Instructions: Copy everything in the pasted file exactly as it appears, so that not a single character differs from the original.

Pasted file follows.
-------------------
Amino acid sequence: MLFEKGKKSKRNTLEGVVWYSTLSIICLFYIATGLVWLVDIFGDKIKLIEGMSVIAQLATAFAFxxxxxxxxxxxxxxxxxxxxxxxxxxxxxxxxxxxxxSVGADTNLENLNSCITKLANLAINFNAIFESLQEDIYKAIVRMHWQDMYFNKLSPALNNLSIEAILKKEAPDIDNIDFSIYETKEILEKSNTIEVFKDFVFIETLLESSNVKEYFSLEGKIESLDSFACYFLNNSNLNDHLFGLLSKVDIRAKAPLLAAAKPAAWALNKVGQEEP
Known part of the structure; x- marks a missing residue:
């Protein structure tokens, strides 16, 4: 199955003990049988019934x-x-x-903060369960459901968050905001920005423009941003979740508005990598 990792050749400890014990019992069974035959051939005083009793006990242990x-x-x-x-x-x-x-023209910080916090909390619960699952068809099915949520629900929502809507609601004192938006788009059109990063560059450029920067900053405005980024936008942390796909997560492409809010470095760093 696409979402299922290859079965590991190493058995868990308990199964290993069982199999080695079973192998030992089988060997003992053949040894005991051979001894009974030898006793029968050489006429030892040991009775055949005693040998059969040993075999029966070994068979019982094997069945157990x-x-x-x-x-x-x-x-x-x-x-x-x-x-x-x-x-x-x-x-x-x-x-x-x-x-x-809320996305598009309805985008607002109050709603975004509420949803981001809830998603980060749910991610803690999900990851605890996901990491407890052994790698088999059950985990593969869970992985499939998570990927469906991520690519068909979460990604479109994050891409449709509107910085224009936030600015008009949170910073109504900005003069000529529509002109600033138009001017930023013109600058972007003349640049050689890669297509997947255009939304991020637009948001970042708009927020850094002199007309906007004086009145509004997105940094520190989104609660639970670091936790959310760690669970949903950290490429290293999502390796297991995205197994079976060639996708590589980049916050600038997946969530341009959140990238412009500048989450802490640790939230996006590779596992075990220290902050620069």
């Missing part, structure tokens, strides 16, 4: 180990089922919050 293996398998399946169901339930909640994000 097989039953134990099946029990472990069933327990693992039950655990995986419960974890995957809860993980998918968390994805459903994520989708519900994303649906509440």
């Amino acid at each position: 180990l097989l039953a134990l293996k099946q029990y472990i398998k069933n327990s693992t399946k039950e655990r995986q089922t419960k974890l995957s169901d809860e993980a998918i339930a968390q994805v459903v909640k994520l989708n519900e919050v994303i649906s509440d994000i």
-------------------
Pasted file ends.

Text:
Amino acid sequence: MLFEKGKKSKRNTLEGVVWYSTLSIICLFYIATGLVWLVDIFGDKIKLIEGMSVIAQLATAFAFxxxxxxxxxxxxxxxxxxxxxxxxxxxxxxxxxxxxxSVGADTNLENLNSCITKLANLAINFNAIFESLQEDIYKAIVRMHWQDMYFNKLSPALNNLSIEAILKKEAPDIDNIDFSIYETKEILEKSNTIEVFKDFVFIETLLESSNVKEYFSLEGKIESLDSFACYFLNNSNLNDHLFGLLSKVDIRAKAPLLAAAKPAAWALNKVGQEEP
Known part of the structure; x- marks a missing residue:
């Protein structure tokens, strides 16, 4: 199955003990049988019934x-x-x-903060369960459901968050905001920005423009941003979740508005990598 990792050749400890014990019992069974035959051939005083009793006990242990x-x-x-x-x-x-x-023209910080916090909390619960699952068809099915949520629900929502809507609601004192938006788009059109990063560059450029920067900053405005980024936008942390796909997560492409809010470095760093 696409979402299922290859079965590991190493058995868990308990199964290993069982199999080695079973192998030992089988060997003992053949040894005991051979001894009974030898006793029968050489006429030892040991009775055949005693040998059969040993075999029966070994068979019982094997069945157990x-x-x-x-x-x-x-x-x-x-x-x-x-x-x-x-x-x-x-x-x-x-x-x-x-x-x-809320996305598009309805985008607002109050709603975004509420949803981001809830998603980060749910991610803690999900990851605890996901990491407890052994790698088999059950985990593969869970992985499939998570990927469906991520690519068909979460990604479109994050891409449709509107910085224009936030600015008009949170910073109504900005003069000529529509002109600033138009001017930023013109600058972007003349640049050689890669297509997947255009939304991020637009948001970042708009927020850094002199007309906007004086009145509004997105940094520190989104609660639970670091936790959310760690669970949903950290490429290293999502390796297991995205197994079976060639996708590589980049916050600038997946969530341009959140990238412009500048989450802490640790939230996006590779596992075990220290902050620069």
């Missing part, structure tokens, strides 16, 4: 180990089922919050 293996398998399946169901339930909640994000 097989039953134990099946029990472990069933327990693992039950655990995986419960974890995957809860993980998918968390994805459903994520989708519900994303649906509440």
């Amino acid at each position: 180990l097989l039953a134990l293996k099946q029990y472990i398998k069933n327990s693992t399946k039950e655990r995986q089922t419960k974890l995957s169901d809860e993980a998918i339930a968390q994805v459903v909640k994520l989708n519900e919050v994303i649906s509440d994000i």